What causes trains to derail?

Answers to your questions about the news.
May 19 2008 6:03 PM

Why Do Trains Go off the Tracks?

Faulty brakes, hairline cracks, and "rock 'n' roll."

A train derailment in Louisiana on Saturday spilled nearly 10,000 gallons of hydrochloric acid and forced more than 3,000 people to evacuate their homes. In the past few weeks, derailments have also occurred in southwestern Pennsylvania, on the Boston T, and on the New York City subway. What causes trains to derail?

Human error or problems with the track. Last year, the Federal Railroad Administration reported 1,876 derailments on U.S. railroads, although the vast majority cause only minor damage. Among those incidents, 46.7 percent were caused by track defects, while another 28.7 percent were caused by human factors. (The cause of Saturday's derailment is still unknown.) The rest were caused by mechanical problems with the train itself, signal failures, and miscellaneous factors ranging from vandalism to snow.


Human-caused derailments are rarely traced back to the proverbial employee asleep at the switch—the FRA reported only one such derailment last year. Instead, accidents more frequently occur because trains are going too fast. Some train wrecks occur when drivers exceed the posted speed limit (19 derailments last year), but, more often, the cars go off the rails because the brakes weren't used correctly.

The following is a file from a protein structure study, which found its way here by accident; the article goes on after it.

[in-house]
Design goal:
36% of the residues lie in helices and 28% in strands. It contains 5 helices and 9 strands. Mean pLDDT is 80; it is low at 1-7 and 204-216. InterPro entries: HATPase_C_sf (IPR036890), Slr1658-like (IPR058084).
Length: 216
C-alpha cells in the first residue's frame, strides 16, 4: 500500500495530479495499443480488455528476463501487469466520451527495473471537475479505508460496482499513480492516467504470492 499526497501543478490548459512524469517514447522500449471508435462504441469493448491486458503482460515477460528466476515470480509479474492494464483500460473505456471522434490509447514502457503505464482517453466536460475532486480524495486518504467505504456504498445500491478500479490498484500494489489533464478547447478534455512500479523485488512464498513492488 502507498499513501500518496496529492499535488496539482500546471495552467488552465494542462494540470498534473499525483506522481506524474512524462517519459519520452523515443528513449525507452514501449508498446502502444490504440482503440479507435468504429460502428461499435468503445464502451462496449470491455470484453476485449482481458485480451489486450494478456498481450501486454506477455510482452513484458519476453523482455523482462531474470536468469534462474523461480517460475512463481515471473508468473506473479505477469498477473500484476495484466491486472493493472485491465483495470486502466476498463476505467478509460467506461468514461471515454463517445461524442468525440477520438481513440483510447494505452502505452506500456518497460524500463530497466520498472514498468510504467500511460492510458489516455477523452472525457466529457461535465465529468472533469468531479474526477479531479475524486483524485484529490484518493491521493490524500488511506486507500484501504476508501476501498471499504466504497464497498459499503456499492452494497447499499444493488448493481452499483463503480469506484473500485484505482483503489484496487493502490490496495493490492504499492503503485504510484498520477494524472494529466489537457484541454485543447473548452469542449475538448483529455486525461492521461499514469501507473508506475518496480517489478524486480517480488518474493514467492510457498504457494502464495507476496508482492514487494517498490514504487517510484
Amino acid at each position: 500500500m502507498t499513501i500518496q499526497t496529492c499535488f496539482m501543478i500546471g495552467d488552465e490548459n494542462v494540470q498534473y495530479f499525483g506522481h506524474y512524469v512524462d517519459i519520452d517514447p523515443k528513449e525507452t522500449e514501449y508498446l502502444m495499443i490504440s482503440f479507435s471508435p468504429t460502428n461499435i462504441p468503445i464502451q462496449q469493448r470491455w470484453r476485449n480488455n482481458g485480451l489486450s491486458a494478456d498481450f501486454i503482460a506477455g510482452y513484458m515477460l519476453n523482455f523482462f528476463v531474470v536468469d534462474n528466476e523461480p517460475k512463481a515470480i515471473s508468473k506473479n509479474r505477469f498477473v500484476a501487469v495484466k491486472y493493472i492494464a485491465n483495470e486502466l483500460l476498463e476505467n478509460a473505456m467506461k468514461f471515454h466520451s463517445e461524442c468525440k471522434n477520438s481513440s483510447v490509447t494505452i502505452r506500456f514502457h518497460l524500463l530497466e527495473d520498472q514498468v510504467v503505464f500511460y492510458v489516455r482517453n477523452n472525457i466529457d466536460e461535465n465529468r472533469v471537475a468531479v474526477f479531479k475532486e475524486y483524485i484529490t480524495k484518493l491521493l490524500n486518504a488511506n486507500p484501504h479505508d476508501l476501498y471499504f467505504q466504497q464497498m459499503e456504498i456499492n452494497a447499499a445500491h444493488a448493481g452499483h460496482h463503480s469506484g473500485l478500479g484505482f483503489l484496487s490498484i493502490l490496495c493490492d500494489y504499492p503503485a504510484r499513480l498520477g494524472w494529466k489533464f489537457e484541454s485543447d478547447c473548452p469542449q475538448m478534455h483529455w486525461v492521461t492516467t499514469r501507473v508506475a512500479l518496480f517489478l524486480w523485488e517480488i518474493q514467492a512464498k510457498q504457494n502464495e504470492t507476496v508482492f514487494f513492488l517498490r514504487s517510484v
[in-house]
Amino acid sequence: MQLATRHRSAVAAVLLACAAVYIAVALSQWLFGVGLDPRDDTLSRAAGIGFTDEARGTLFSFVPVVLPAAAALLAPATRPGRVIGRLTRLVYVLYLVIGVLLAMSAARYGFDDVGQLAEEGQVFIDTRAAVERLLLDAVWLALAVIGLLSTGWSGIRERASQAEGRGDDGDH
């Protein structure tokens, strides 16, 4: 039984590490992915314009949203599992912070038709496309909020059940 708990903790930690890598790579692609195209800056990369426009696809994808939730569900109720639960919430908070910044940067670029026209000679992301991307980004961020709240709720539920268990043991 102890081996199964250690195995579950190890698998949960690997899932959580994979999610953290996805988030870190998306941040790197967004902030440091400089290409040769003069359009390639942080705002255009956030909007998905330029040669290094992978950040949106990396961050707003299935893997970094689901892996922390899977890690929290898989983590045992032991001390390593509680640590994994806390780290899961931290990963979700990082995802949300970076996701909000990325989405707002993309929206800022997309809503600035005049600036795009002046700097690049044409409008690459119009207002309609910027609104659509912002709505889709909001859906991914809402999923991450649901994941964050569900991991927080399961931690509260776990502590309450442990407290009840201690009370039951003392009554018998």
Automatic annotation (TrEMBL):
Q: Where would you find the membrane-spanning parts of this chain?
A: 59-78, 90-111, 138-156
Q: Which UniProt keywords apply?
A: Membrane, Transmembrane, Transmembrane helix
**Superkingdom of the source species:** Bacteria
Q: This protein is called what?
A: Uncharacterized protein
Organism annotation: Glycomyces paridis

An object that happens to be sitting on the track isn't likely to derail an oncoming train. A freight train can typically throw a 4,000-pound car out of its way without getting off track—although in 2005 an SUV left on a commuter track caused a fatal derailment in California.

Almost half of all derailments are caused by faulty equipment or track defects. In the United States, a standard gauge (the distance between the two rails) is exactly 56.5 inches, a distance that may or may not be related to the standard width of Roman chariots. If that gauge widens over time or because a crosstie is loose, then the wheels of the train will no longer align with the track. Small cracks in the rail can also result in a train wreck, as in a deadly derailment in Hatfield, England, that caused an overhaul of train safety in Britain.

Over the past 30 years, improvements in the monitoring of track conditions have helped cut the number of derailments by more than two-thirds. (In 1975, U.S. railroads saw 6,328 derailments.) In addition to visual inspections of the track (PDF) twice a week, railroads usually run ultrasonic tests at least once a year to determine whether rails have cracks that can't be seen by humans. Another tool called a "gage restraint measurement system" vehicle measures the strength and geometry of the rails as it passes along the track.

Likewise, improvements in the construction of rails has reduced the number of so-called "rock 'n' roll" derailments. Rock 'n' roll derailments are caused when the interaction between a train and its track creates harmonic motion. At speeds between 12 and 24 miles per hour, a freight car can resonate so that it starts rocking back and forth violently. But with changes in how rails are joined together, rock 'n' roll has become a less frequent source of derailment, accounting for just 34 accidents last year.

Got a question about today's news? Ask the Explainer.

Explainer thanks Michael Logue of the Federal Railroad Administration and Gary Wolf of Rail Sciences Inc.

Jacob Leibenluft is a writer from Washington, D.C.


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